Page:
2009 Three-Minute Masterpiece digital film contest winners
Seattle Times arts writer
They're short, they're local (mostly) and they were showcased at the Seattle International Film Festival on Monday, May, 25. "They" are the nine winners of The Seattle Times' 2009 Three-Minute Masterpiece digital film contest. Their creators range in age from 14 to 40.
Ben Kadie, a 14-year-old moviemaker from Bellevue, was named the grand-prize winner of the contest with his film "Sparks in the Night." Read a Q&A with Kadie.
He is a two-time prior winner of the 3 Minute Masterpiece J. Michael Rima award for filmmakers under 18.
This year's youth winners were Sammamish High School students Duncan Dickerson and Christopher Headland, singled out for their comedy "Robot Student."
Kadie, Dickerson and Headland received prize packages from SIFF and Seattle Film Institute.
"Sparks in the Night"
Grand-prize winner: The new film by 14-year-old Bellevue student Ben Kadie — a contest finalist for the third year in a row — is a droll film-noir spoof filled with sinister shadows and daffy deadpan dialogue. Kadie's filmmaking is a family affair, with Ben writing, directing and editing; his dad assisting on the set and with computer operation; and his mom helping with costumes, carpentry, catering and transportation. "They both take direction well," Kadie says.
J. Michael Rima Award winner: Film-geekery gone wild! Two high schoolers fail to impress their classmates when they show them their movie about a young robot starting at a new school. The film-within-a-film concept was dreamed up by 17-year-old Duncan Dickerson of Sammamish High School (where the video was shot). Dickerson plays the friend of Chris Headland's sinister robot. The two have known each other since kindergarten, and Dickerson says Headland "brings a lot to the table besides his comedic talents." Dickerson created the score and robot noises on his MIDI keyboard.
This two-minute short is, literally, a kitchen-sink drama about a fork yearning for a spoon after his steamy encounter with her in the dishwasher ("I touched her tonight, briefly, in the wash cycle"). Director Susan Burns, 30, grew up in Seattle and now lives in New York. Did she play with her silverware as a child? "Not any more than normal," she says. The spoon and her fork buddy, Burns reveals, are actually "puppets" manipulated by dental floss attached to their outer prongs.
This unexpectedly topical stop-animation shortie features pigs doing circus tricks to a three-ring soundtrack. Sixteen-year-old Glynis Bawden and Sophia Marchetti, from Duvall, made the film last year. But Bawden doesn't rule out making a sequel: "Cirque d'Swine Flu." The 33-second short took her and Marchetti an hour to shoot — "Not including making the pigs."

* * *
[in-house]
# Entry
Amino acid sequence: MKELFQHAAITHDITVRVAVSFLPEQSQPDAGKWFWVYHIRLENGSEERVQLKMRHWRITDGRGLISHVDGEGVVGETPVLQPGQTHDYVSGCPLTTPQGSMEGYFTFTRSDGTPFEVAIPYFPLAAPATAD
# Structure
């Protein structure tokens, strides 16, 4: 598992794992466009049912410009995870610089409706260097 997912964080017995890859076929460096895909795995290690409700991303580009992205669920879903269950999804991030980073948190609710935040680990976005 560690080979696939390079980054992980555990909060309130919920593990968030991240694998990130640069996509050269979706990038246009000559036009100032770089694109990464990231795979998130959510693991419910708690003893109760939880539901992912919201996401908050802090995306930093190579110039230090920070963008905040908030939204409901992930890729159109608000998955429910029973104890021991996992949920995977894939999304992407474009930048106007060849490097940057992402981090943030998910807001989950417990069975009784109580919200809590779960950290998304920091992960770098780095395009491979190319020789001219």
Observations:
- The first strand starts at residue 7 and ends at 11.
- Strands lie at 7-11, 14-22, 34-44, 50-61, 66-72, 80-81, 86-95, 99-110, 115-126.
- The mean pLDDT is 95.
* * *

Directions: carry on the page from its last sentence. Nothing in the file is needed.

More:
In this parodic public-service announcement about embryonic cell research, 27-year-old writer-director Bryan Campbell, of Bellevue, plays Jack, a young man stricken with liver disease who clones himself in order to extract his double's liver. Alas, he and his clone (also Campbell) quickly bond. What kind of rapport did Campbell have with his screen "twin"? "At first I treated him like he was an object ... But as soon as I saw he was the same as me, in wanting to live, I had a hard time seeing him as anything but a brother."
A mood piece filmed at the Ballard Locks, "Interstice" is a study of walkways and water, enhanced by a terrific score by Dale Speicher and Greg Campbell. Fremont resident Martin Fossum , 40, going for "a brooding, exploratory film style," shot it on one three-minute Super-8 cartridge, doing all the editing in the camera. But the visuals, Fossum feels, make up only half the film, he says. It's the music's "tonal benediction," he says, that completes it.
Romantic breakup ... with a gridlock twist. Two newly separated lovers have an unlikely highway encounter in this film by 31-year-old Tacoma moviemaker Dave Kellman. Kellman and his actor-writer Daniel Purcell faced one big obstacle in making this comic drama involving I-5 traffic and a bicycle: Purcell isn't a bicyclist. "I had to teach him how to do a skid for the movie," Kellman laughs.
"Gordon Date Lifter"
Gordon, a Canadian, keeps hijacking other people's blind dates in this tongue-in-cheek take on the hazards of romantic marketplace. Thirty-three-year-old director Robin Mervin, who splits his time between Seattle and New York, loved the script idea his co-writer Julie Fogerson came up with. But he isn't sure what his mum (a Canadian) will think of the film's suggestion that her compatriots should be held to higher ethical standards than your average North American. "She hasn't actually seen the video yet."
"3 Minutes of Movie Masterpieces"
Timothy Watkins and Charles Forsgren's pastiche of movie history, filmed in and around Seattle, lampoons "Casablanca," "Psycho" and other screen classics. Do these guys — whose ages, added together, are "just under 80" — do anything but live and breathe film? Not much. They co-wrote another short ("Black Coffee") playing at SIFF. Watkins' feature debut, "Keep Your Day Job, Superstar," will screen at Seattle's True Independent Film Festival (STIFF), along with a Watkins-Forsgren short titled "Action!"
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